As a sign of just how tough a job President Obama has tonight selling his plans to send more troops to Afghanistan, consider Rep. Jane Harman.
A veteran California Democrat (and longtime national-security hawk), Harman voted for President Bush's invasion of Iraq in 2002 and consistently backed the war in Afghanistan until this year.
But today, Harman declared she was opposed to President Obama's plans to expand "our military footprint" in Afghanistan, saying the move to send more than 30,000 new troops evoked "eerie echoes of Vietnam."
Harman told Declassified that her "evolution" of thinking on Afghanistan resulted from two trips to the country this year—including one last month—in which she was "appalled and horrified by the depth of corruption of the Karzai government." While there are parts of Obama's new strategy she likes—like his plans to "work around" Karzai by funneling U.S. aid to the provinces—adding more troops "is not a sustainable strategy" and one the country can't afford without simply "printing money."
Harman's surprising statement—in which she quoted from a 1965 memo to President Johnson about Vietnam warning that "the situation is deteriorating"—is only the latest sign of unease in Congress over what may be the biggest decision of Obama's presidency.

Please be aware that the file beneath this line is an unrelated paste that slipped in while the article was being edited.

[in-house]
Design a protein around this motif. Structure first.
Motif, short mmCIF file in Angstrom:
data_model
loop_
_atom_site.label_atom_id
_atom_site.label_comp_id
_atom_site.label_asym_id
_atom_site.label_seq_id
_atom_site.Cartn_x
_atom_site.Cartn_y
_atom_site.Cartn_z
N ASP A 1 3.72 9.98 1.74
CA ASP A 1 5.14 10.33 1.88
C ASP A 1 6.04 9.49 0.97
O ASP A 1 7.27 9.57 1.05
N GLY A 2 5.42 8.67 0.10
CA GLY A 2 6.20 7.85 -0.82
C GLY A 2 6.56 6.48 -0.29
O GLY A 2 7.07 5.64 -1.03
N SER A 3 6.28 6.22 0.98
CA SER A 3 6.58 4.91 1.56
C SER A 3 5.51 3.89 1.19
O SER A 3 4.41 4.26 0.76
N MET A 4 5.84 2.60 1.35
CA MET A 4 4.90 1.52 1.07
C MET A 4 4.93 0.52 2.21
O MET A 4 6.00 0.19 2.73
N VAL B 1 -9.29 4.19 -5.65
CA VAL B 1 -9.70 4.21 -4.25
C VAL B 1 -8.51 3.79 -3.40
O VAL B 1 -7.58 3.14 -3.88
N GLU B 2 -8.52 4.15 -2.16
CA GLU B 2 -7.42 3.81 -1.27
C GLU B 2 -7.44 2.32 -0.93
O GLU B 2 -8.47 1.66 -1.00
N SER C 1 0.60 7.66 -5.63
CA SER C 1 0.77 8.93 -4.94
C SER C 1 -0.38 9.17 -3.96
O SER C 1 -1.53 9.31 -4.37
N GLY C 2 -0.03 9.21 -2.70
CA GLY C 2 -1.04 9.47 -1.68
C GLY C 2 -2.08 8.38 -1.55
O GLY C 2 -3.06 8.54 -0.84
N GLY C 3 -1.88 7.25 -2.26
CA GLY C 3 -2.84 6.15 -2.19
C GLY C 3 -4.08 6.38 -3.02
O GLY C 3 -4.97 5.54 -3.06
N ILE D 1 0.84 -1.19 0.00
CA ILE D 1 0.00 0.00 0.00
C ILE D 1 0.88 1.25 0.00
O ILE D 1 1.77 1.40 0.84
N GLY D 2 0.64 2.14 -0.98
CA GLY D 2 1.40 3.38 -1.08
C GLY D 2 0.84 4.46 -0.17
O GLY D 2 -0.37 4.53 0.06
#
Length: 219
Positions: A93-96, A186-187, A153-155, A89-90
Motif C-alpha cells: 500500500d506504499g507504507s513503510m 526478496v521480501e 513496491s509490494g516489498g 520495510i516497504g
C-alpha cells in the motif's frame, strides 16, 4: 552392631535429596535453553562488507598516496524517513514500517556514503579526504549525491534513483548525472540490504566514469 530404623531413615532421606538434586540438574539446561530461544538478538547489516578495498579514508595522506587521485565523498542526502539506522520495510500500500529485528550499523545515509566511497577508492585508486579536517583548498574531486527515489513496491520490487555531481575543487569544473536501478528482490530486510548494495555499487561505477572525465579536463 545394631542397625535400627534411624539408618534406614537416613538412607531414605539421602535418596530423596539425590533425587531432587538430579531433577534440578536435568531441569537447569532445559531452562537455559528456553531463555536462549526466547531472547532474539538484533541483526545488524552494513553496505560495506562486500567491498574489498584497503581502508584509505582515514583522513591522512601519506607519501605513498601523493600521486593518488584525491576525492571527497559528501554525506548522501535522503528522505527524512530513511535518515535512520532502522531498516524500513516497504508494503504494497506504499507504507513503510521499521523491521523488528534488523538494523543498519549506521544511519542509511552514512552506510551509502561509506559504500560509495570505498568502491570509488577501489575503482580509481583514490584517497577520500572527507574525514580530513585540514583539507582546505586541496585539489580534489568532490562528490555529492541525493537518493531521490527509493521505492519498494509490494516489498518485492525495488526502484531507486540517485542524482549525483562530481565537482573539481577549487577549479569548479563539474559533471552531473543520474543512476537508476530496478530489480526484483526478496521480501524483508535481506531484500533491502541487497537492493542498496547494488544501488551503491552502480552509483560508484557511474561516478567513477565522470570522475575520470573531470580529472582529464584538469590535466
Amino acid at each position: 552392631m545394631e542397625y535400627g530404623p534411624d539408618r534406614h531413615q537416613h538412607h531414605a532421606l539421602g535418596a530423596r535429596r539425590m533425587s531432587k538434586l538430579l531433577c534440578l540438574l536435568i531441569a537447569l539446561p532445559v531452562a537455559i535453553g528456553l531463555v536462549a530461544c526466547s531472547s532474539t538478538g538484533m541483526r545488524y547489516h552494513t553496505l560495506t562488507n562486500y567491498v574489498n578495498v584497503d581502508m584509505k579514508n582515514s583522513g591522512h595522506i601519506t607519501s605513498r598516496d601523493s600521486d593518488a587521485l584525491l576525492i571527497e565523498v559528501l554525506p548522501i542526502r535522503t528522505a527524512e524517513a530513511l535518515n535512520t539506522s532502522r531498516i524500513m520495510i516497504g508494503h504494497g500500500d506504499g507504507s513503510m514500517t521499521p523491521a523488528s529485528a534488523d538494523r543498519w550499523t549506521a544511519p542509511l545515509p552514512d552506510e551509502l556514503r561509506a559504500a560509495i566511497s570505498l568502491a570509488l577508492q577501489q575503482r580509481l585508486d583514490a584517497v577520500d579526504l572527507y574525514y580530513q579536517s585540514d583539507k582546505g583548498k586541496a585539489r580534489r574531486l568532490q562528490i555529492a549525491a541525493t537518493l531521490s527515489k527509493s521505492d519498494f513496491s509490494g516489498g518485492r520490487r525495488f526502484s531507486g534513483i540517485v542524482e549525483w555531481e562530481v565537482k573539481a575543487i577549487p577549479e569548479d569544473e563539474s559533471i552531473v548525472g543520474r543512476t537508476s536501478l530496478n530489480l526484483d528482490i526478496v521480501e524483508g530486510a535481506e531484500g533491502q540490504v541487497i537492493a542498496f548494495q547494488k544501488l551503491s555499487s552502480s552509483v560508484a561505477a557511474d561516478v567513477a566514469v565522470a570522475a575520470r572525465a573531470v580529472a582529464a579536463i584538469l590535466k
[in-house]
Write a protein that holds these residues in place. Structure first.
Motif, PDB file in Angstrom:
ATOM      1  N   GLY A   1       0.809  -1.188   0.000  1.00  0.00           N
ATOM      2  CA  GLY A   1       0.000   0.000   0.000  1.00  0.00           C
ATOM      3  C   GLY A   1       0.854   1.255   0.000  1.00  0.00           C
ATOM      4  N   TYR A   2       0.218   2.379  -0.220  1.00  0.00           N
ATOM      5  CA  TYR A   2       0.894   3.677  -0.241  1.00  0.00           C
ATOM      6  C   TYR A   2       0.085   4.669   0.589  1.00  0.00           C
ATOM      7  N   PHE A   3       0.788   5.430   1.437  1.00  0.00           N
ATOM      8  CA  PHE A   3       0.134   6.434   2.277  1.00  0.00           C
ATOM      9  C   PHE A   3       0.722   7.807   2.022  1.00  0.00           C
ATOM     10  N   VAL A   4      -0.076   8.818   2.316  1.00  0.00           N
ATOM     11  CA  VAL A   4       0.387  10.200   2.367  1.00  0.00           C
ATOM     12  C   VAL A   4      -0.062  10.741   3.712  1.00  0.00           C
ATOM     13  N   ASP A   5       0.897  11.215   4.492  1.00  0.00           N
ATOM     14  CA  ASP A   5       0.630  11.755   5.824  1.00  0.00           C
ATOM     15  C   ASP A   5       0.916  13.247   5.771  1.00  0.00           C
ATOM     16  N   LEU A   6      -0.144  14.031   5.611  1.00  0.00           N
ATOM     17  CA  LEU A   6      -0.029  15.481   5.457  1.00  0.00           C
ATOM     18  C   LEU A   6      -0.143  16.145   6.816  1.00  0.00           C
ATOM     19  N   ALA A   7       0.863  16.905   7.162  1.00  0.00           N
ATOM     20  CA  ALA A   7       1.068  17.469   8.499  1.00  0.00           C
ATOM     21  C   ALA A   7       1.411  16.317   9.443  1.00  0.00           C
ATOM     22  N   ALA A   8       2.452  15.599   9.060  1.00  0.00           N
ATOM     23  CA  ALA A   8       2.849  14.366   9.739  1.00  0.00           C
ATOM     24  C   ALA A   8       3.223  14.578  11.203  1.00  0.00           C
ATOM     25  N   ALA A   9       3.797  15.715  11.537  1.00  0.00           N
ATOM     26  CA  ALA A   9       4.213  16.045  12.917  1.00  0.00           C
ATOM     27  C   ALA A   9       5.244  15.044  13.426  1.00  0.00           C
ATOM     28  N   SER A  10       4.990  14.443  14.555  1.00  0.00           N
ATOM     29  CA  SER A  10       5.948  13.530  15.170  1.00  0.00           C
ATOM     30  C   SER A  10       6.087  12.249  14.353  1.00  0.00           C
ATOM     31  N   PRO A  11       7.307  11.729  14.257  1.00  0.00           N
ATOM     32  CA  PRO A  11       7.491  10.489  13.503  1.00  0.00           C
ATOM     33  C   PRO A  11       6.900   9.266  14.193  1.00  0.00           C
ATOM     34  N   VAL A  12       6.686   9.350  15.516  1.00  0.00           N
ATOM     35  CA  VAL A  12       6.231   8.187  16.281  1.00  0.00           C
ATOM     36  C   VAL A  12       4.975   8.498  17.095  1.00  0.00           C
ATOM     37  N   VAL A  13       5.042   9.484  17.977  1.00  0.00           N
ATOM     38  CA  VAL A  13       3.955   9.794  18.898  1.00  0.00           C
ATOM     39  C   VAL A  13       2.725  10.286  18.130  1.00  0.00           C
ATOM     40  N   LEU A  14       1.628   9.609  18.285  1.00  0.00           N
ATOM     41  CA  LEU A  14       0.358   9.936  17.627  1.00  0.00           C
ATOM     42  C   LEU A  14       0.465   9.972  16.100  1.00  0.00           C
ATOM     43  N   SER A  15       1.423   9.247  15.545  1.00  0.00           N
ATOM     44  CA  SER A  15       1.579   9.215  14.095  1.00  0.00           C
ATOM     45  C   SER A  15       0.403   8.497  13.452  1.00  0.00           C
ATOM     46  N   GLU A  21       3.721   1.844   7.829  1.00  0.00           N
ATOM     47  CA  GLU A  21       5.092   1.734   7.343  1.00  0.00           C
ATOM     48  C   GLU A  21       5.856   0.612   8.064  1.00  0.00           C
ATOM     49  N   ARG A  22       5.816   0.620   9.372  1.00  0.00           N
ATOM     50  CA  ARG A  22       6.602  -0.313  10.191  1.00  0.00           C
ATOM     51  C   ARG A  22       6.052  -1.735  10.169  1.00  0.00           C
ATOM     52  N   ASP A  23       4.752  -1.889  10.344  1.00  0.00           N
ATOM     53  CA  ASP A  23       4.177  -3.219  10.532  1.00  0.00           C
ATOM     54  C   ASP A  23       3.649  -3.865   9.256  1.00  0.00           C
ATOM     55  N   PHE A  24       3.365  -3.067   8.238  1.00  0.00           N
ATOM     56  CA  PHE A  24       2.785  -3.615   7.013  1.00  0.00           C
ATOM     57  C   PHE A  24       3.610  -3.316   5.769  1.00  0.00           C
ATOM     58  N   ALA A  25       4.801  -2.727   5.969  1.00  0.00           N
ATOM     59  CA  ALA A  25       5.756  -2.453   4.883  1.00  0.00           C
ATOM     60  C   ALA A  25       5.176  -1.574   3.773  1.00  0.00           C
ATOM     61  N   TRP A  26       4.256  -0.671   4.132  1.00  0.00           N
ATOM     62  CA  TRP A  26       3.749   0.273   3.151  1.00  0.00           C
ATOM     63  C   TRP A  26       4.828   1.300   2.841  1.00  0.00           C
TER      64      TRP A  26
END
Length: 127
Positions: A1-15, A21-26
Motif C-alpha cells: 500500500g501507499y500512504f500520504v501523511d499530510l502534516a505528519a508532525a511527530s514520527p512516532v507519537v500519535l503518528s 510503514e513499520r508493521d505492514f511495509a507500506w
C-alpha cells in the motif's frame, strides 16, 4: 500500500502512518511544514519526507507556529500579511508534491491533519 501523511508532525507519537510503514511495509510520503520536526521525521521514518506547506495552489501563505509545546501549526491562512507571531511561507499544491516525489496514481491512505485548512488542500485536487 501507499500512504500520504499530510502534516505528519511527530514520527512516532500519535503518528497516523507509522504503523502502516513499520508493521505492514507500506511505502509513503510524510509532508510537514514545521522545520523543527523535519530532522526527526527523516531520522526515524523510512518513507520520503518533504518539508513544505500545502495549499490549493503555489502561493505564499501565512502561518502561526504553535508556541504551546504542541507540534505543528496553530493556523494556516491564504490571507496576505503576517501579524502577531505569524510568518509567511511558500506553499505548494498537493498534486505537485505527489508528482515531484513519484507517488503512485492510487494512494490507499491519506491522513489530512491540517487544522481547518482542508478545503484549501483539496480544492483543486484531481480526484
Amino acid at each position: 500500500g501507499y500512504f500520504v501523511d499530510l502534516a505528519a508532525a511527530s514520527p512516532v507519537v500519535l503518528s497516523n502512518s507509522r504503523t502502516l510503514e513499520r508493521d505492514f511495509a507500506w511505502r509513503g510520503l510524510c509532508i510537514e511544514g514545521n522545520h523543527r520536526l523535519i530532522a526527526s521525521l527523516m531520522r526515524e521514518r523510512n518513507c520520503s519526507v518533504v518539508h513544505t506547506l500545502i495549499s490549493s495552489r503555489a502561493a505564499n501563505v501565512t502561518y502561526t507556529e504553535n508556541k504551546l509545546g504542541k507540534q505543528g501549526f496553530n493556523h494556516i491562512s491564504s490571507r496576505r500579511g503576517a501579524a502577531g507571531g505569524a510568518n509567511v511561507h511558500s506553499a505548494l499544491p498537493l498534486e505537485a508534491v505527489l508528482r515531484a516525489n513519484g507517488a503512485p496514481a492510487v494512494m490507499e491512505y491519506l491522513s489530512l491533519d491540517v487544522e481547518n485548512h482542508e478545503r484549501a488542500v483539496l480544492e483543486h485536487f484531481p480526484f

Rep. Jan Schakowsky, an early and strong supporter of the president and a member of the House intelligence committee, garnered headlines Tuesday saying she was "unlikely" to back Obama's troop buildup. Massachusetts Democratic Rep. Jim McGovern, another opponent, plans to push for Obama to submit a supplemental funding bill to pay for the troop increase—before the troops are actually deployed (even though Obama has already ordered the deployment). The idea is to force a vote before the additional troops are in harm's way, not afterward when members would get criticized—as they did during the Bush years—for "not supporting the troops" if they voted against appropriations bills to pay for troop increases in Iraq, said McGovern spokesman Michael Mershon.
And it's not just Democrats either. About a half dozen Republicans—such as Rep. Walter Jones of North Carolina and Rep. Ron Paul of Texas (both opponents of the war in Iraq)—are already on record opposing more troops. Their ranks were joined this week by another Republican: Rep. Jason Chaffetz of Utah who, in a speech on Monday, declared his opposition to "nation building," said: "Mr. President, it is time to bring our troops home."
So how much support does the anti-troop-buildup position have at this point? It is hard to say. But Mershon notes that when McGovern pushed a floor amendment last June to force the administration to develop "an exit strategy" for Afghanistan, it got 138 votes—including 131 Democrats, a majority of the party caucus. There would be more votes now, says Mershon, but much is unknowable at this point. Harman said that in recent conversations with members on both sides of the aisle, "I sense a deep discomfort with a troop escalation." But is she prepared to vote against funding one? Harman said she's not sure. "I'm waiting to hear what Obama says about how he's going to pay" for it, she says.